My retort via the comments:
"The internet isn't the problem, it's just an enabler. People are the problem.
Let's not all pretend that before the internet no one ever multi-tasked, or had a short attention span. The 'net is just a convenient place to fix the blame.
There are a number of widely used internet tools that can actually help you focus more (Remember the Milk for one). I use Google Docs to help me set my weekly priorities (ala "First Things First"). I use Google Calendar to set a weekly schedule that focuses on my priorities and keeps me on track.
Those who are mentally weak will allow the internet to throw them off. Those who are strong, use it for benefit and enhancement. Look to the weak of mind and spirit and you will see the cause..."
For those who will get sidetracked, if it weren't the internet it'd be books, or tv, or magazines. It's whatever. The tool is never the enemy, it is the user of the tool, the craftsman is always to blame.
Nicholas Carr feels our Google-induced pain in an essay for the July issue of The Atlantic: The once-unified attention span has been fragmented, leading us to skim across the surface of information whose depths we'll never penetrate; or else to penetrate straight to some particular depth without passing through all the others—a journey without context or commitment. In the article, Carr asks "Is Google Making Us Stupid?" He doesn't quite answer the question, but it's a good one.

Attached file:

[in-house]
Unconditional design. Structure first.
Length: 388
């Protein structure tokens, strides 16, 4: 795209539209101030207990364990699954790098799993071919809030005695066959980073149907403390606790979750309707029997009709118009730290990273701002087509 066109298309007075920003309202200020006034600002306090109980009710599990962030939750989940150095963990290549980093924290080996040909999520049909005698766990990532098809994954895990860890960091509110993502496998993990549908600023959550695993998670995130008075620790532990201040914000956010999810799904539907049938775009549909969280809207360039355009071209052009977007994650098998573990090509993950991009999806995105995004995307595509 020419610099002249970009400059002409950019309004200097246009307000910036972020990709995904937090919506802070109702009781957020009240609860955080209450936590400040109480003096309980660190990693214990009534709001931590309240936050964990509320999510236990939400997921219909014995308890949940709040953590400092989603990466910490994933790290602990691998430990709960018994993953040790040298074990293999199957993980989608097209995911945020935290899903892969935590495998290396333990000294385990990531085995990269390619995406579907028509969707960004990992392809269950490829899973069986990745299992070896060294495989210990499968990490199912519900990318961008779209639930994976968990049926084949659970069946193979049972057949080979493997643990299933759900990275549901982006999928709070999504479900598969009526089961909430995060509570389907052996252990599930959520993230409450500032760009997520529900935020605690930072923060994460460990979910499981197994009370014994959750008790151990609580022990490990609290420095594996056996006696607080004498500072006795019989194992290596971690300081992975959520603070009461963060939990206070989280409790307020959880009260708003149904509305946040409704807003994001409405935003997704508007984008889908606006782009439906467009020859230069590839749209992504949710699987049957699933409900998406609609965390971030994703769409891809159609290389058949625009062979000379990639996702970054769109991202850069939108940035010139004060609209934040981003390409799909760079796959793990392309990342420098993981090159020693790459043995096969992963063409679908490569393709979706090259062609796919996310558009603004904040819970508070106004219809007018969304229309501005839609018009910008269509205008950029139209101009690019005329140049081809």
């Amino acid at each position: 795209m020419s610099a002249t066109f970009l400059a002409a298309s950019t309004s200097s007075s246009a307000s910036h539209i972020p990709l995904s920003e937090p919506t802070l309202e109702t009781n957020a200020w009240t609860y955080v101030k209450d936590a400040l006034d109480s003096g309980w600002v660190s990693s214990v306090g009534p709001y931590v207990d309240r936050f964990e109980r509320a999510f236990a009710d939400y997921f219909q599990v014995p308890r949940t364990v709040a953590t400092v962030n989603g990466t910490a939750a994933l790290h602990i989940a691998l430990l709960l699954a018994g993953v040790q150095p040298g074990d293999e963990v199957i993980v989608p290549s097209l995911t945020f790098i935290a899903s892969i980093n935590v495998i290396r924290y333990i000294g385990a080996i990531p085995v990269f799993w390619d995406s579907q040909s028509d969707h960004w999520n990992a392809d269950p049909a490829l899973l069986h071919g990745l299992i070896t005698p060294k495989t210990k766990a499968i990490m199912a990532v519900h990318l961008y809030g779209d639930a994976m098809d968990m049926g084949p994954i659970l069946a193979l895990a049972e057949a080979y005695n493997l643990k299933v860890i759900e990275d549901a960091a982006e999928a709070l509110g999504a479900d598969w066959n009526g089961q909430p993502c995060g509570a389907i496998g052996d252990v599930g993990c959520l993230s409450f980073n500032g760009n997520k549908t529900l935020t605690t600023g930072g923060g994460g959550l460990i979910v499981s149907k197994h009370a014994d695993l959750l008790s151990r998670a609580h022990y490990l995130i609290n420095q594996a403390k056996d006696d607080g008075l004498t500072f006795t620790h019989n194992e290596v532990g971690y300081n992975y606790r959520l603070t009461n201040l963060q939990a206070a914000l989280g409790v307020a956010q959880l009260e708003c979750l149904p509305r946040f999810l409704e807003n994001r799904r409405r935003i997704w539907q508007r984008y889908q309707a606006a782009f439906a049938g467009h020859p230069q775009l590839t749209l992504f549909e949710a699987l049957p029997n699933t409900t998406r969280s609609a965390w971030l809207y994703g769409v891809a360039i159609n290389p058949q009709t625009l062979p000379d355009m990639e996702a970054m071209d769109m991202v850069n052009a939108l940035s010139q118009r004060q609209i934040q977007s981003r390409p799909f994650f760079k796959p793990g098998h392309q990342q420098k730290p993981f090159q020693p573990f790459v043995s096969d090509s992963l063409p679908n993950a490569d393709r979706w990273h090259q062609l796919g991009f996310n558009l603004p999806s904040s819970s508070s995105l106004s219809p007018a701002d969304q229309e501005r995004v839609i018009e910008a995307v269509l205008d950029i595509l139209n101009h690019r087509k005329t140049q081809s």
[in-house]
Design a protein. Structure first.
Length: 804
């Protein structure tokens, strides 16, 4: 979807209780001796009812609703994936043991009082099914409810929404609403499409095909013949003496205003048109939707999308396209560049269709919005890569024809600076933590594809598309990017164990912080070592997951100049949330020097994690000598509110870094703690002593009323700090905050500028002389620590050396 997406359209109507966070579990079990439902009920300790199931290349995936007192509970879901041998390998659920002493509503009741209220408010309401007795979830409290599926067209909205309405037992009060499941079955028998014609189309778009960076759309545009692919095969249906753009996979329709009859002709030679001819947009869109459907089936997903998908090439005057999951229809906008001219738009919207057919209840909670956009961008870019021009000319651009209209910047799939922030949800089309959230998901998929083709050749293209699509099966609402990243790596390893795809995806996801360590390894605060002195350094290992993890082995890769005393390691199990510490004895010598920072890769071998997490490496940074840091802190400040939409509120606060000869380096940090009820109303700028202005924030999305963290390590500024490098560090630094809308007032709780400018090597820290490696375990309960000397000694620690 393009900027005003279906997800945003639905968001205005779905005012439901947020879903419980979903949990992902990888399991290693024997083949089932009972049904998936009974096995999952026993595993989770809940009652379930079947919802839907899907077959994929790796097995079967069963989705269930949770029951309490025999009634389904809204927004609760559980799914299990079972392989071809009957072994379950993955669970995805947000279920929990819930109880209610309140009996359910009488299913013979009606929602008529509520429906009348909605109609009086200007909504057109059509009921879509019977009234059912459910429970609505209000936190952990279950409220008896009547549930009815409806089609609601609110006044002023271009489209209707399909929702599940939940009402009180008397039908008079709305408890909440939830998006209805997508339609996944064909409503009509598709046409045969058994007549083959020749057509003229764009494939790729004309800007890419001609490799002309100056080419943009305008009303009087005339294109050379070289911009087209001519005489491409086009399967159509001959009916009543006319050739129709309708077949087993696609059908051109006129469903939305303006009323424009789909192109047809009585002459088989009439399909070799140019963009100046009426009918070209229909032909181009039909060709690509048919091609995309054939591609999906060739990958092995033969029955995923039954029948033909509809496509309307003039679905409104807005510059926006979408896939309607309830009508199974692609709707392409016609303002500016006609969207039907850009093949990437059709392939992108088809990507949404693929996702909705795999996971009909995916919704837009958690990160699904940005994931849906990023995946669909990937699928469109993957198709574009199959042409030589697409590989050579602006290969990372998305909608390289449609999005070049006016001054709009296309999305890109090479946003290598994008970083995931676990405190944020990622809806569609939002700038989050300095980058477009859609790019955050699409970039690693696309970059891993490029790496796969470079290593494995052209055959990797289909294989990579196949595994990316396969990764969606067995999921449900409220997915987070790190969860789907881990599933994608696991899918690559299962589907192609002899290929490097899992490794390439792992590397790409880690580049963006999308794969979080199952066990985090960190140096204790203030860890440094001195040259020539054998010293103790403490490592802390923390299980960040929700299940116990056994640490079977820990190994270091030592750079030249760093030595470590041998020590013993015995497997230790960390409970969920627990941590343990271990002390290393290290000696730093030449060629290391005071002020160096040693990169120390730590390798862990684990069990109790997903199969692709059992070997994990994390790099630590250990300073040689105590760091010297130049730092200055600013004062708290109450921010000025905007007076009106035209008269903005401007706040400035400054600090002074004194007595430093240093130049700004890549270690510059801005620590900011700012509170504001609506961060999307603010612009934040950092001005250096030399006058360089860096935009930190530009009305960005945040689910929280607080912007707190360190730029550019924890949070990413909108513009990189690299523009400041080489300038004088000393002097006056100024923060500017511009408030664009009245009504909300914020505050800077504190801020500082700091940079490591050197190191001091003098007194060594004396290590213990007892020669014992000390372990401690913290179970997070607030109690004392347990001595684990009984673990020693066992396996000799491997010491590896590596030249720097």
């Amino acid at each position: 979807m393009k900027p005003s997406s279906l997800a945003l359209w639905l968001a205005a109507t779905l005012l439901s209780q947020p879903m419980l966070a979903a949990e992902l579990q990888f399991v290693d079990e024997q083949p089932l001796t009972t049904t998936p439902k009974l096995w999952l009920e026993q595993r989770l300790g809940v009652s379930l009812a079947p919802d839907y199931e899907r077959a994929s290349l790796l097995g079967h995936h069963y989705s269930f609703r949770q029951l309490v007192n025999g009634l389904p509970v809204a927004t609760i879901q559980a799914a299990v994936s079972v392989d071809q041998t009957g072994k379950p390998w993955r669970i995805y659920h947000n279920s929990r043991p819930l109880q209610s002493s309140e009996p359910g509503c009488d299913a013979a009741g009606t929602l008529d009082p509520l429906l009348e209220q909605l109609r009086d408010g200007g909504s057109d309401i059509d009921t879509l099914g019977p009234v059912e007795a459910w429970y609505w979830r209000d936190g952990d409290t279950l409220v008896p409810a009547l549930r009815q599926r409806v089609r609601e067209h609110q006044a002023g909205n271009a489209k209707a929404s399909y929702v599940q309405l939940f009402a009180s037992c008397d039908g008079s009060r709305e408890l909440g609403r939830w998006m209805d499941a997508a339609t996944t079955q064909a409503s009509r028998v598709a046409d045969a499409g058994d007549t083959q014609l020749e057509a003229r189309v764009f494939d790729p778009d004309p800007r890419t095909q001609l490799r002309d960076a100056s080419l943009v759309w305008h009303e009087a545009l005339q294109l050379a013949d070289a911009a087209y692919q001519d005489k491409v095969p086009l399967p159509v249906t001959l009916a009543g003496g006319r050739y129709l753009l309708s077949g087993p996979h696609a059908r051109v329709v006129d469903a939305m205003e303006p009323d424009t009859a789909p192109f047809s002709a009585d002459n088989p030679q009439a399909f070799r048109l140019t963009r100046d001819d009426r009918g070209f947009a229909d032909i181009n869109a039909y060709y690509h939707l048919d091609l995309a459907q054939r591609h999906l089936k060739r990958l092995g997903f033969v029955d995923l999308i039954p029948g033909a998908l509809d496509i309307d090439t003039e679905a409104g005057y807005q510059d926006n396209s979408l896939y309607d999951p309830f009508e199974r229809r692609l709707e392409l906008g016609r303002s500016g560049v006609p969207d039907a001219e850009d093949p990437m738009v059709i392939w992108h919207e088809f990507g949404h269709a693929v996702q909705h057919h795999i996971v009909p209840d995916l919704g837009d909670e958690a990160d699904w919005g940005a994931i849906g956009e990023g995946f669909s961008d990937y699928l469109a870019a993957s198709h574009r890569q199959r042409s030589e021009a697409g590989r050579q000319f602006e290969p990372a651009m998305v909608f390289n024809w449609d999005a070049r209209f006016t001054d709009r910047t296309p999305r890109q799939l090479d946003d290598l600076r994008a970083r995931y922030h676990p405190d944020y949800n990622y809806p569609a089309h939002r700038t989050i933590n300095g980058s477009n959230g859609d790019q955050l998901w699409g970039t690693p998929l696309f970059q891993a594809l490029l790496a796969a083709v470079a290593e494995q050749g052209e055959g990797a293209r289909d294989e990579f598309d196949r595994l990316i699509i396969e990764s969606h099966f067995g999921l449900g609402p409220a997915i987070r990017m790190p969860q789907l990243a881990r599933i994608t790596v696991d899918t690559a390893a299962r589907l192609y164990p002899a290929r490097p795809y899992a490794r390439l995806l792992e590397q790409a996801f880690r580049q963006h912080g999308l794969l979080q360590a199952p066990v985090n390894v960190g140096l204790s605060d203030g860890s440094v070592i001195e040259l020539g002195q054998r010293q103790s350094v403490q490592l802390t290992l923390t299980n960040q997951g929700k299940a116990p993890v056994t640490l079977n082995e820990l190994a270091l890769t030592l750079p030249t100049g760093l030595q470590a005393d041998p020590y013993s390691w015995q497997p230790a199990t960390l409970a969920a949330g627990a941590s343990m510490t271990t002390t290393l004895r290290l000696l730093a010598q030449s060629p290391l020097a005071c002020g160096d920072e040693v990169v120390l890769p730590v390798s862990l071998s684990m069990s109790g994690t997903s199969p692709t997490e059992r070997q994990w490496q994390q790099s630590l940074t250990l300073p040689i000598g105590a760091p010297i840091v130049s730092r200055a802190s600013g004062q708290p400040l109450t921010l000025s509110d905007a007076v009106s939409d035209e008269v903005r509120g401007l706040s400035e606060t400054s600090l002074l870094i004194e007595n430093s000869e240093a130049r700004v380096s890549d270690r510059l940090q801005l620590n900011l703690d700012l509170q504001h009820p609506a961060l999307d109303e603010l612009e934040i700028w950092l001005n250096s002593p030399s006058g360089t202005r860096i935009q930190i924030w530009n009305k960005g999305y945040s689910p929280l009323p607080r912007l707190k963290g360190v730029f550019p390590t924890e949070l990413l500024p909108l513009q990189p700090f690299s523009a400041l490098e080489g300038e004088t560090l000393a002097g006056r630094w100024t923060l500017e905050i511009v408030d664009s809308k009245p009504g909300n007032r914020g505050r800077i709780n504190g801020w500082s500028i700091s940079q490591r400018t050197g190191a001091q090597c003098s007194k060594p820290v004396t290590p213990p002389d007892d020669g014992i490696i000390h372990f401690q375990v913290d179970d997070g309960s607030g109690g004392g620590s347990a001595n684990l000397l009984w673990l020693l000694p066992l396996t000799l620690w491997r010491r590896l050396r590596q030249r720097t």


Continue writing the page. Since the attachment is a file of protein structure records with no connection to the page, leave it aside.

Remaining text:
Google isn't really entitled to be the solitary villain in the piece, but because it functions as the Internet's index page it is surely the hub of our Great Distraction. Carr therefore strikes a chord (I was unable to read the piece in one sitting). Of his friends and acquaintances he writes in his essay, "The more they use the Web, the more they have to fight to stay focused on long pieces of writing." Of himself, he writes, "Once I was a scuba diver in the sea of words. Now I zip along the surface like a guy on a Jet Ski."